Time Management for Moms: The Pomodoro Technique
If you’re like me, then every day is a never-ending race against time. As a Work-From-Home (WFH) mom, there are so many tasks I have to complete. Between handling work-related responsibilities, caring for the kids, and maintaining the home, it can sometimes feel like there’s a vortex trying to suck the life out of you. Every once in a while, you ask the universe, “Can’t I get an extra hour or two?” But the fact is you can’t get extra time. However, you can learn how to use the time you have optimally. We are not about multitasking here, but something more practical- The Pomodoro technique.
What is the Pomodoro Technique?
The Pomodoro technique is a time-management and organizational system that helps you maximize productivity. It was invented by an Italian man named Francesco Cirillo sometime in the 1980s. Using a kitchen timer shaped like a tomato, he timed his work sessions and his breaks hence the name Pomodoro Technique. ‘Pomodoro’ means tomato in Italian.
It employs a simple method, with large tasks broken into manageable chunks that can be achieved in 25 minutes. After 25-minutes, there is a short interval or pause to rest then return for another 25 minutes. If a short-term goal cannot be achieved in 25-minutes, it is moved to the next 25-minute cycle.
Over the years, this technique has become revered as one of the best ways to maximize productivity for anyone. Now, instead of a physical timer, you can have a virtual tomato-timer on your laptop or any other device with internet access.
How to use the Pomodoro Technique as a Mom
You’re a mom who has to complete tasks like meeting a target for your employer, help your children with homework, clean, cook, exercise, and couple time. Even if you have a partner, I’m sure if you are like most moms, there’s still a huge burden on you! Here’s a practical quick guide on how to use the Pomodoro Technique for productivity as a mom.
- Get a Pen, Write it all down
Grab a pen and paper or use the notepad on your phone. Just get it out of your head! Write down all the tasks that need to be done that day. Sort them according to their level of urgency.
- Break it down and time it.
After sorting through the list of tasks, project an estimate of the time it would take to complete each task and break them down into 25 minutes chunks. Start your tomato-timer and begin.
For example, let’s take meal planning for the week (Total about 1.5 hours).
- Washing and cutting (25 Minutes)
- Cooking your grains like rice or quinoa (25 Minutes)
- Putting everything into smaller containers (25 Minutes)
- Cleaning up the kitchen (25 Minutes)
By breaking this chore into smaller versions, it doesn’t seem very complicated, and time goes by fast without you realizing it.
- No interruptions or breaks during the 25-minute interval
The key is to focus on completing the task in 25-minutes without any interruption. It is a dedicated work time that must flow to completion non-stop. After 25 minutes of work, you take a five-minute break to get a drink, check your messages, go to the bathroom, help your kids if needed, and then set the timer for another 25 minutes.
- The cycle of Four Pomodoro
In the meal prep example above, adding the 5 minutes after each 25-minutes work session, you reach a total of two productive hours. After the fourth Pomodoro, instead of a 5-minutes break, take 20-30 minutes. You could use the time to grab a meal, play outside with your kid or scroll on your phone during nap time (if you have good timing!). By the time you are done, you feel relaxed, refreshed, and ready for another cycle of Four Pomodoros.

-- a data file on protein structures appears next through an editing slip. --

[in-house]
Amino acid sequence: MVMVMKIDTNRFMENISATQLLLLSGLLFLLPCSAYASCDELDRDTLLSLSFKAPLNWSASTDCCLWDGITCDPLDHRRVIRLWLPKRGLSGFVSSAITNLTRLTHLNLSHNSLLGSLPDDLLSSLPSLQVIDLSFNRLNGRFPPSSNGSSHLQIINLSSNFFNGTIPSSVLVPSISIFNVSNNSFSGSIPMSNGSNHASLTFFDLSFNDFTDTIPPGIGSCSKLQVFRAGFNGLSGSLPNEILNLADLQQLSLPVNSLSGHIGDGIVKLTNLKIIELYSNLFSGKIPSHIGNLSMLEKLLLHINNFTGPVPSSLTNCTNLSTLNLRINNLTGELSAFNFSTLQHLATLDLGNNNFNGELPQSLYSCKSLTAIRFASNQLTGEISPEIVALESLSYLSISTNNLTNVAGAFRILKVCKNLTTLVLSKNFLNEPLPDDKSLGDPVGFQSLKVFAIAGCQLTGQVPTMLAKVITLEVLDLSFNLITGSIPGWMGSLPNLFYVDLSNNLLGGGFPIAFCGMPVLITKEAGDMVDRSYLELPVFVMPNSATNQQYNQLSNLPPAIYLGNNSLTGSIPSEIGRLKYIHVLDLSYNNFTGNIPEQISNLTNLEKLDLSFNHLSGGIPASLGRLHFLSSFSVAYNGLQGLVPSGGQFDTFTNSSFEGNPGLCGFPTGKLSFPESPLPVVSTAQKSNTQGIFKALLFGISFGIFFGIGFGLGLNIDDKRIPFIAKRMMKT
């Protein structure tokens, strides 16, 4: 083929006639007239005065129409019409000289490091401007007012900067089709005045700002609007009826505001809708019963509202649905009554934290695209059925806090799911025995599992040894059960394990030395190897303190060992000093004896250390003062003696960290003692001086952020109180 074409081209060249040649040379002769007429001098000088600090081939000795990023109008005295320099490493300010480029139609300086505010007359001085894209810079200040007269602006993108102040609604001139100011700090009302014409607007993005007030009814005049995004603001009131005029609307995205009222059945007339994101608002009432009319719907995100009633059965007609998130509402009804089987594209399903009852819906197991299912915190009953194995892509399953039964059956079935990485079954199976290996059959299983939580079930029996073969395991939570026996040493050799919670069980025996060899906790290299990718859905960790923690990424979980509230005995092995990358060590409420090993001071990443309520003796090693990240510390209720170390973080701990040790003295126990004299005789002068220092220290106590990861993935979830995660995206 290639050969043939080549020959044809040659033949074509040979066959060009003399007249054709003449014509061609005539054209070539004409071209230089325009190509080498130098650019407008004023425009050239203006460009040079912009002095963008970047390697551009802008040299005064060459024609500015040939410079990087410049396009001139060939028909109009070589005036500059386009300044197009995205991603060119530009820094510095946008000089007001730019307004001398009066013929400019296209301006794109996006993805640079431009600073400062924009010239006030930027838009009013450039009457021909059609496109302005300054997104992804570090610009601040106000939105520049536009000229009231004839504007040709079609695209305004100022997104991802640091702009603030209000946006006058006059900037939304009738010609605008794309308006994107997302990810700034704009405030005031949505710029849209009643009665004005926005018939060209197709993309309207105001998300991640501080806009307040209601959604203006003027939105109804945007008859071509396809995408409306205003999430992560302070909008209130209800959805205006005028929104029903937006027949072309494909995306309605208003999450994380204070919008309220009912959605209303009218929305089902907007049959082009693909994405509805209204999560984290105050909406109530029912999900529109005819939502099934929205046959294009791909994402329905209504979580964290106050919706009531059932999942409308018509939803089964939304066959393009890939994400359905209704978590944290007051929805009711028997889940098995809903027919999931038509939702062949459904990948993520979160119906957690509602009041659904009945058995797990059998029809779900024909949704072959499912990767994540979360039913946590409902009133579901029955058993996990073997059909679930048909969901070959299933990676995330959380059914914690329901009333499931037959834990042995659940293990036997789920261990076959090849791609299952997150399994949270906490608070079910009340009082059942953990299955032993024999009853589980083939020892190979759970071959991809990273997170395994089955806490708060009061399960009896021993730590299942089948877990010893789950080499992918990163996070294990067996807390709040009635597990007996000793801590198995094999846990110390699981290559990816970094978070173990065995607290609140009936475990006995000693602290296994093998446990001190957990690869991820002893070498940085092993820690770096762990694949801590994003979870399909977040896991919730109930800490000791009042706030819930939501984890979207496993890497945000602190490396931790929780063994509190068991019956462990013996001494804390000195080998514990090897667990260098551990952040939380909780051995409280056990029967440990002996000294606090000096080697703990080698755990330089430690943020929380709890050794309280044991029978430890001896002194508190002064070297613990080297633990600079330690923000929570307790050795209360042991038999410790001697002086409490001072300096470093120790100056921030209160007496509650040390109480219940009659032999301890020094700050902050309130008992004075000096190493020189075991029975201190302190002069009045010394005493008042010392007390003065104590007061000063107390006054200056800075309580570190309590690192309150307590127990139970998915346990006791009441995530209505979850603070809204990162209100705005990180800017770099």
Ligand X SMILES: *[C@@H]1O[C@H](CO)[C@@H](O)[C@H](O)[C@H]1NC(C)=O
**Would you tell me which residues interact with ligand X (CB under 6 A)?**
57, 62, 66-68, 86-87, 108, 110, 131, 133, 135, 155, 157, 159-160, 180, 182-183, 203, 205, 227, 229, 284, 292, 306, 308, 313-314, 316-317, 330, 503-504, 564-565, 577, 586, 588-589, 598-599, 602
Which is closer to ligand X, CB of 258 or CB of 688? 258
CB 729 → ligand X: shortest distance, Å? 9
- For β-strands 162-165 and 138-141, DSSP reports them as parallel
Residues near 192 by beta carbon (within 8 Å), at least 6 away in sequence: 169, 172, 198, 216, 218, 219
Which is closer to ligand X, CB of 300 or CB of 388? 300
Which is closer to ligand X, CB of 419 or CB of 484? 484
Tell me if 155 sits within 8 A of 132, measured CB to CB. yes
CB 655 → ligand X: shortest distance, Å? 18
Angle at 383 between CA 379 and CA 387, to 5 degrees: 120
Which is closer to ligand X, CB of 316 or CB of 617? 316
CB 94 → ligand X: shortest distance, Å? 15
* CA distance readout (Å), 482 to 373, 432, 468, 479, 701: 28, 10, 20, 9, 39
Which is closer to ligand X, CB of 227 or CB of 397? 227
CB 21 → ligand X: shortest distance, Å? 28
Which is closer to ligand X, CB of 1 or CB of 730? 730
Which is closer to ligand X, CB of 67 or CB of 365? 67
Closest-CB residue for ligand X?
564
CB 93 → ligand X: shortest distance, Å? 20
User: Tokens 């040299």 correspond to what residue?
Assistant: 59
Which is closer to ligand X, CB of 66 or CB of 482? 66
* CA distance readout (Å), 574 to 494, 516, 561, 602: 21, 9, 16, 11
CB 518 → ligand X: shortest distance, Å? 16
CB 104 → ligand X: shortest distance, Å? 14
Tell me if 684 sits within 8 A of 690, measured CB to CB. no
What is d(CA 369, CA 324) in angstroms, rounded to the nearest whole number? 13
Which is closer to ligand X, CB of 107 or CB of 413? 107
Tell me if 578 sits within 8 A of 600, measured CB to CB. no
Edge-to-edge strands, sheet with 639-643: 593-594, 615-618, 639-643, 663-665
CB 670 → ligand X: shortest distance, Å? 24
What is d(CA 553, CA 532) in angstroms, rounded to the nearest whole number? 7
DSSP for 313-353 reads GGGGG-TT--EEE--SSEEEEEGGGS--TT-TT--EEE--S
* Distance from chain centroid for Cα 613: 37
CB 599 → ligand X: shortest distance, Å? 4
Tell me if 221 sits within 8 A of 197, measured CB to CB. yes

- Tick the boxes
By employing this method, you get to tick-check the boxes on your to-do list as you complete each task. You can measure your level of productivity and move uncompleted jobs to the next day without feeling guilty or overworked.
- Remember that you do not have to do four Pomodoros. You can just do one or two a day. The principal is the same. 25-minute chunks without interruption. This method can be very useful during nap time.
Benefits of this Technique.
- It helps to reduce mental strain and fatigue. The short breaks can help to clear your head and reduce stress.
- Using the Pomodoro technique, you don’t have to multitask to achieve productivity. According to some studies, the brain is not capable of handling multitasking complex projects over a long period. This way, you can avoid the false feeling of productivity that comes with chronic multitasking.
- The Pomodoro technique is one way to break complicated tasks. It allows you to focus on tasks without distractions while taking time for relaxation.
- It helps to foster organization and work-life balance, whether you are WFH mom or SAH Mom.
- It’s great to teach your kids this technique as they grow. It’s best to start using this method during the elementary school years. Younger children have less attention span but you could always try a modified version such as 15 minute intervals for certain tasks- like cleaning or doing homework.
People want productivity in every aspect of their life but managing everything can seem impossible without a plan. The Pomodoro technique helps to maintain the equilibrium between productivity and adequate rest. Do you have a lot to handle as a mom? Start with a 25-minute commitment and see if it works for you!
You can do this using an app like Toggl Track and/or your phone’s timer or using a worksheet.